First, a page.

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Shippers argue consolidation within the industry make it tough to force the kind of deal-making that leads to lower prices due to four railroads carrying 90 percent of America’s freight traffic.
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For the month of November, the AAR reported that U.S. carloads were up 0.4 percent, or 5,406 carloads, at 1,319,008 for its first monthly annual increase in 22 months, going back to January 2015. This is a longer stretch of declines than a 19-month run of downward volumes that occurred during the Great Recession, the AAR said, adding that one factor behind the November increase was easier annual comparisons, coupled with how carloads did not see as much of an October to November decline as usual this year.
(December 09, 2016)
Even though volumes have flattened, an encouraging service outlook, coupled with the regulatory crunch creeping up on the trucking market, is setting the intermodal rail sector up to regain its footing. (December 07, 2016)
A final rule was issued last week by the Surface Transportation Board, which will require all Class I railroads, as well as the Chicago Transportation Coordination Office, through its Class I members, to report certain service performance metrics to the STB on a weekly, semiannual, and occasional basis.
(December 06, 2016)
Even though the rate of progress being made by railroads in implementing Positive Train Control (PTC) may be viewed as low, things appear to be heading in the right direction. (November 29, 2016)
With a range of choices on the table, why rely on just one mode of transportation? (November 24, 2016)
While Trump’s election win has been viewed as a boon for big business, it was clear at last week’s RailTrends conference that tinkering with NAFTA could actually be bad for business. (November 22, 2016)
The service will connect the Chicago and Dallas/Fort Worth markets, as well as other major markets on the BNSF network, with key consumer and industrial regions on the Kansas City Southern de Mexico network.
(November 21, 2016)
Carloads were down 5.1 percent, or 57,800 carloads, to 1,066,944 annually, and intermodal container and trailer volume in October saw a 1.2 percent annual, or 13,096 unit, decline to 1,075,820. (November 04, 2016)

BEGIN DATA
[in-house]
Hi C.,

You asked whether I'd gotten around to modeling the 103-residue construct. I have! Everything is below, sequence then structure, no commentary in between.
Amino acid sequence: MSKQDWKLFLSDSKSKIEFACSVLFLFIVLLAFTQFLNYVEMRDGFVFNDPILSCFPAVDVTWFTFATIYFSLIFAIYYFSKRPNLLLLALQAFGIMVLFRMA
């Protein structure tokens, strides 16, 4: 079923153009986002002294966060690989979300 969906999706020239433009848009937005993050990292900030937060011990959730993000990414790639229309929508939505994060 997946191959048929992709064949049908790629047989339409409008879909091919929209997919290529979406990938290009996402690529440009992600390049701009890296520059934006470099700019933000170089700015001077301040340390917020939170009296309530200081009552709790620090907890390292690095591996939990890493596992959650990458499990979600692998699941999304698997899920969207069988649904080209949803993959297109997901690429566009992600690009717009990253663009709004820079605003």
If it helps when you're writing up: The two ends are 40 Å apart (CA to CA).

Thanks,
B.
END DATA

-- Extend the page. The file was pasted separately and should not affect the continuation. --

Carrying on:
Even though volumes have flattened, an encouraging service outlook, coupled with the regulatory crunch creeping up on the trucking market, is setting the rail/intermodal sector up to regain its footing. Intermodal, trucking update 2016. Intermodal transportation update (November 01, 2016)
Carloads were down 6.1 percent annually at 262,702, and intermodal containers and trailers were off 2.2 percent annually at 269,234. (October 21, 2016)
Given the sluggish volume declines on United States rail carloads in 2016, it is fair to say that weekly volume readings continue to remain on a downward trajectory, depending on type of carload commodity to be sure. (September 20, 2016)
July carloads fell 8.8 percent, or 99,530 carloads, to 1,025,367, compared to July 2015, and intermodal containers and trailers in June were off 6.9 percent, or 74,482 units, to 1,002,401. (August 05, 2016)
This ANPR stems from Section 11 the Surface Transportation Board Reauthorization Act of 2015 (passed by Congress late last year), which, the STB noted, instructs the STB to “initiate a proceeding to assess procedures that are available to parties in litigation before courts to expedite such litigation and the potential application of any such procedures to rate cases.” (July 19, 2016)
June carloads were down 7 percent, or 93,687, to 1,245,025, and intermodal containers and trailers were off 5.6 percent, or 170,607 units, to 2,540,265. (July 11, 2016)
The financial impact of the United States railroad industry on all facets of the nation’s economy cannot even come close to being understated. Association of American Railroad State of the Industry Report. (July 08, 2016)